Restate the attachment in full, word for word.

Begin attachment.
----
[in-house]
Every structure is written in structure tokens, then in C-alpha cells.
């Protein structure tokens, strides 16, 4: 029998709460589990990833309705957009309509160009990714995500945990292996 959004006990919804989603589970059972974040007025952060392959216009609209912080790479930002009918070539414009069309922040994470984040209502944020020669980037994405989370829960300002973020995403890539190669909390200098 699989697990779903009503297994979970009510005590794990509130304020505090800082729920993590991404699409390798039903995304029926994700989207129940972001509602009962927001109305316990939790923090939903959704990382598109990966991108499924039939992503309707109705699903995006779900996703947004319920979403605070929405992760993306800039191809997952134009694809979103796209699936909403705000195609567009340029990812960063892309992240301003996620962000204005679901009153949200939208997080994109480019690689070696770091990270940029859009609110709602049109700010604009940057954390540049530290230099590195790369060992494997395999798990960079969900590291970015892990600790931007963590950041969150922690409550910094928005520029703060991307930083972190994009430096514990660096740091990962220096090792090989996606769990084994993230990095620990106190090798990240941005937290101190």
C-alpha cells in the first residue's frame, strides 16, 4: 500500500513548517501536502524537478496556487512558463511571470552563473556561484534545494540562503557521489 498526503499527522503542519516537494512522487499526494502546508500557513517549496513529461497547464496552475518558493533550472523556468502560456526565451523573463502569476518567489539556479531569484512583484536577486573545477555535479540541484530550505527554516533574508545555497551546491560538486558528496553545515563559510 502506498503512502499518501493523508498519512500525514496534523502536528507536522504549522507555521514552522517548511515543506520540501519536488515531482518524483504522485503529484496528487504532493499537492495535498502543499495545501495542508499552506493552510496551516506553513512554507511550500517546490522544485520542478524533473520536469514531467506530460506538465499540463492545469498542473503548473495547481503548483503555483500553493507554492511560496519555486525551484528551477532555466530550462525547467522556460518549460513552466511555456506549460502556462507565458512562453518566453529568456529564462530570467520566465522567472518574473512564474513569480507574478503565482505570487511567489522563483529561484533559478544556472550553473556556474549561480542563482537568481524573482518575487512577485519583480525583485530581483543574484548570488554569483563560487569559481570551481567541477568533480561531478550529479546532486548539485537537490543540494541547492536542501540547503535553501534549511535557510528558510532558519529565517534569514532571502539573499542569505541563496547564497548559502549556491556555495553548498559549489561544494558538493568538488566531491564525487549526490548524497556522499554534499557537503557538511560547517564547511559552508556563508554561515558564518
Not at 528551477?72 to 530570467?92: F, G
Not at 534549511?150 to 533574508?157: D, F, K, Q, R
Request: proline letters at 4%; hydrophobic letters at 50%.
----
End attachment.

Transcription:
[in-house]
Every structure is written in structure tokens, then in C-alpha cells.
């Protein structure tokens, strides 16, 4: 029998709460589990990833309705957009309509160009990714995500945990292996 959004006990919804989603589970059972974040007025952060392959216009609209912080790479930002009918070539414009069309922040994470984040209502944020020669980037994405989370829960300002973020995403890539190669909390200098 699989697990779903009503297994979970009510005590794990509130304020505090800082729920993590991404699409390798039903995304029926994700989207129940972001509602009962927001109305316990939790923090939903959704990382598109990966991108499924039939992503309707109705699903995006779900996703947004319920979403605070929405992760993306800039191809997952134009694809979103796209699936909403705000195609567009340029990812960063892309992240301003996620962000204005679901009153949200939208997080994109480019690689070696770091990270940029859009609110709602049109700010604009940057954390540049530290230099590195790369060992494997395999798990960079969900590291970015892990600790931007963590950041969150922690409550910094928005520029703060991307930083972190994009430096514990660096740091990962220096090792090989996606769990084994993230990095620990106190090798990240941005937290101190």
C-alpha cells in the first residue's frame, strides 16, 4: 500500500513548517501536502524537478496556487512558463511571470552563473556561484534545494540562503557521489 498526503499527522503542519516537494512522487499526494502546508500557513517549496513529461497547464496552475518558493533550472523556468502560456526565451523573463502569476518567489539556479531569484512583484536577486573545477555535479540541484530550505527554516533574508545555497551546491560538486558528496553545515563559510 502506498503512502499518501493523508498519512500525514496534523502536528507536522504549522507555521514552522517548511515543506520540501519536488515531482518524483504522485503529484496528487504532493499537492495535498502543499495545501495542508499552506493552510496551516506553513512554507511550500517546490522544485520542478524533473520536469514531467506530460506538465499540463492545469498542473503548473495547481503548483503555483500553493507554492511560496519555486525551484528551477532555466530550462525547467522556460518549460513552466511555456506549460502556462507565458512562453518566453529568456529564462530570467520566465522567472518574473512564474513569480507574478503565482505570487511567489522563483529561484533559478544556472550553473556556474549561480542563482537568481524573482518575487512577485519583480525583485530581483543574484548570488554569483563560487569559481570551481567541477568533480561531478550529479546532486548539485537537490543540494541547492536542501540547503535553501534549511535557510528558510532558519529565517534569514532571502539573499542569505541563496547564497548559502549556491556555495553548498559549489561544494558538493568538488566531491564525487549526490548524497556522499554534499557537503557538511560547517564547511559552508556563508554561515558564518
Not at 528551477?72 to 530570467?92: F, G
Not at 534549511?150 to 533574508?157: D, F, K, Q, R
Request: proline letters at 4%; hydrophobic letters at 50%.